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A new biomaterial in fashion: bacterial nanocellulouse

By Kristopher Fraser


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Image: modern-synthesis.com

Bacterial nanocellulose probably sounds like a term learned in high school Biology and forgotten about unless you went into a STEM field. Fear not those with the trauma of high school science class, bacterial nanocellulose is actually the core of building a uniquely versatile material that can replace a variety of animal and petrochemical-derived materials. These uniquely versatile materials are currently being developed by Modern Synthesis, a biomaterial innovation company based in London that works on developing radical and regenerative material solutions for the fashion industry.

Modern Synthesis has currently raised over four million dollars in seed funding, which has allowed them to build a pilot facility in Southwest London and increase their capacity to scale their materials made from bacterial nanocellulose. According to McKinsey, more than 70 percent of the fashion industry’s greenhouse gas emissions come from upstream activities, like energy-intense raw material production, preparation, and processing.

Modern Synthesis’ technology utilizes the ability of bacteria to transform sugar from agricultural waste into nanocellulose, a particularly fine and strong form of cellulose. The company’s biomanufacturing platform combines the microbe’s growth patterns with cutting-edge textile production techniques to create a novel range of natural nonwoven materials that have a distinctive look, feel, and performance potential.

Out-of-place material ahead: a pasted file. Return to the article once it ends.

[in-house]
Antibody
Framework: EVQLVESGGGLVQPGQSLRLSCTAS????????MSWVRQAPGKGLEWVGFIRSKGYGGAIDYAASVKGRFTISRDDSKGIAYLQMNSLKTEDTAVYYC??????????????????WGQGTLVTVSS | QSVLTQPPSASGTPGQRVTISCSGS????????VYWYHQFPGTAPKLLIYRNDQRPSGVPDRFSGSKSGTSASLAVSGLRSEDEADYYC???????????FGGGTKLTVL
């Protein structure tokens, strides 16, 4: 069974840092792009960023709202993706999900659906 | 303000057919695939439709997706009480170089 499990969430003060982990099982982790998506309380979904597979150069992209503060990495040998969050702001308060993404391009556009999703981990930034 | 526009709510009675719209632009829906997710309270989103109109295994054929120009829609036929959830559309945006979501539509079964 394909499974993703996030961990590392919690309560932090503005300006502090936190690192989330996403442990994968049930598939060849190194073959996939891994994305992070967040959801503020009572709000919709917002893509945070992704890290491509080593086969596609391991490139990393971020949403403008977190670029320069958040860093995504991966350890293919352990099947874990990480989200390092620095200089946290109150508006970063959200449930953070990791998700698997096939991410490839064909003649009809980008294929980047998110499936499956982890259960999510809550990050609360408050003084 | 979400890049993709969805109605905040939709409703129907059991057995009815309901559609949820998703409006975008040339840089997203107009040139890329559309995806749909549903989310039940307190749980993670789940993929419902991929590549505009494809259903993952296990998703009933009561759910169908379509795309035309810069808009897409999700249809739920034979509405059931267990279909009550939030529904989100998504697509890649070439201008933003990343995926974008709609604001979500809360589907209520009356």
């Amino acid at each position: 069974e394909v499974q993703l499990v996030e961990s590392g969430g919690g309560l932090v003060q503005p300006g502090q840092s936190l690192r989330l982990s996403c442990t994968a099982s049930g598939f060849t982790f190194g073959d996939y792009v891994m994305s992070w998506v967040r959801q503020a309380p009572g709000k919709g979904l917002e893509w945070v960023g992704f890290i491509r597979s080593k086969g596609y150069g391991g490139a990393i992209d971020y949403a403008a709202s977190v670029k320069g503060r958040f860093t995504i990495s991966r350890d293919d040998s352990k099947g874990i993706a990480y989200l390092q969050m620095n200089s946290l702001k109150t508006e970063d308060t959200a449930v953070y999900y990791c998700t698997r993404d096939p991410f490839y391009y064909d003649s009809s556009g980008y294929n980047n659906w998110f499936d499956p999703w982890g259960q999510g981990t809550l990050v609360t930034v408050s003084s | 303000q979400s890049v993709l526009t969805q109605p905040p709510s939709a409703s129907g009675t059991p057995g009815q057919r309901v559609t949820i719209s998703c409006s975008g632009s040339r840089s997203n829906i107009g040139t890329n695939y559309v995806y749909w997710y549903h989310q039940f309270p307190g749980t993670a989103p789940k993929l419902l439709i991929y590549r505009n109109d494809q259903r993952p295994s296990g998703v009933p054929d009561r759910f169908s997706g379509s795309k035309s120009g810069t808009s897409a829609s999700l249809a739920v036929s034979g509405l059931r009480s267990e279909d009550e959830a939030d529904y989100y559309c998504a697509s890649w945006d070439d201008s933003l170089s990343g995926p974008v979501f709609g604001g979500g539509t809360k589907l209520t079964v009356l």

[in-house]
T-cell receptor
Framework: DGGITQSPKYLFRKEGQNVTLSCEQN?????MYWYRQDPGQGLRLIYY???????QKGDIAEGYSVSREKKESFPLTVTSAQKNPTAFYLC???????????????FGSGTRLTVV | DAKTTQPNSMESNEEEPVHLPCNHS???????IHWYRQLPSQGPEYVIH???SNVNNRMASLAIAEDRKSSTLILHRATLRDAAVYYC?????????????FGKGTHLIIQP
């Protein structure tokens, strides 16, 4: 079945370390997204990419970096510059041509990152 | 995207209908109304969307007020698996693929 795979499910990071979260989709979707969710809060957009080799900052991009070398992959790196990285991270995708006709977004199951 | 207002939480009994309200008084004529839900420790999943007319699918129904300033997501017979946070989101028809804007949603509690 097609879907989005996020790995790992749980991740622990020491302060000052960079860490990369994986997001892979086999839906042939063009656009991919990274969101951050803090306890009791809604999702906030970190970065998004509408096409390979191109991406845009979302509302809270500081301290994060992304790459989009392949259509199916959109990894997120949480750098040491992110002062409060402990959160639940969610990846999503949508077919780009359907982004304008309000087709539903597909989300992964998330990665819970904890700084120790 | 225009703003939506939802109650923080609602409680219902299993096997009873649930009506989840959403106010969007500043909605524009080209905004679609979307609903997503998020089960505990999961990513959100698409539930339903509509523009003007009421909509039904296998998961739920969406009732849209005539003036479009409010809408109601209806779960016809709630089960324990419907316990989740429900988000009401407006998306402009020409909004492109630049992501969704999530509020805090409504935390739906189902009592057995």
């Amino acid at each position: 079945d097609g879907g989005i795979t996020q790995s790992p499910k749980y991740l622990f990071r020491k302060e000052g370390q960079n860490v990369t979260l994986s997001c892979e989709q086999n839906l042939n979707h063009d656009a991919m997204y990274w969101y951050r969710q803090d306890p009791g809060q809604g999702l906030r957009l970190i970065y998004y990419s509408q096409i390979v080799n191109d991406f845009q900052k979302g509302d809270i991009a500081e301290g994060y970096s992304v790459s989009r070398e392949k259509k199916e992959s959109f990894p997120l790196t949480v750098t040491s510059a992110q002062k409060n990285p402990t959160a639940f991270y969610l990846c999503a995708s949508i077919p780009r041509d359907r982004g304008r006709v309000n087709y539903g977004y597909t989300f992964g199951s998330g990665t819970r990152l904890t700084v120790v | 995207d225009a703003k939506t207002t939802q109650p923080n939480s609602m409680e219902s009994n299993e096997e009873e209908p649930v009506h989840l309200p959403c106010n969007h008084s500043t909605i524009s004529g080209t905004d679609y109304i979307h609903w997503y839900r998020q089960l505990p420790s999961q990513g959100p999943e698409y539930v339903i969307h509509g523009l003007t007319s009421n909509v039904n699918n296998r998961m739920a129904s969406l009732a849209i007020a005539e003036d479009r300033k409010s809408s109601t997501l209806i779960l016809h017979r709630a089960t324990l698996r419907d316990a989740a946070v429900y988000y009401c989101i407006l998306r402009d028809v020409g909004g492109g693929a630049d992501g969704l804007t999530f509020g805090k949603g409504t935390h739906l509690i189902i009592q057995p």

Bacteria essentially “weaves” customizable biotextiles and composites. To further its quest for sustainability, the fashion industry needs to move away from fossil fuels.

The company’s CEO, Jen Keane, said, “Fashion needs to decarbonize its existing supply chains in the short term. But equally, we need new materials and systems that holistically address key challenges related to emissions like plastic and chemical pollution.”

Cellulose is one of the most abundant polymers on the planet and the building block for most plant-based materials, from cotton to linen. It is low-cost, biodegradable, and adaptable to many different applications. On a fiber level, it is 8 times stronger than steel and stiffer than Kevlar. When it’s grown by bacteria, the material becomes a tightly packed mesh of fibers so small they appear like a transparent film or gel.

The journey to developing bacterial nanocellulose began with Keane’s 2018 Central Saint Martins MA project. She grew the upper of a shoe with bacterial nanocellulose and one continuous yarn. She collaborated with scientists from Imperial College London, including Dr. Ben Reeve, now CTO of Modern Synthesis. Reeve says the possibilities are exciting because “not only are these bacteria very naturally efficient, but we are able to innovate from the organism level to tailor the uniquely versatile material they produce.”

While this material production is new, and they just had a successful seed round, Modern Synthesis has yet to announce their initial brand partners, but a spokesperson for the company told FashionUnited they will share the news soon.

The company's latest round of 4.1 million dollar funding comes from AgFund, Collaborative Fund, Acequia Capital, and Petrio Bio, among others. Funding will go toward developing Modern Synthesis' platform.

bacterial nanocellulose
Modern Synthesis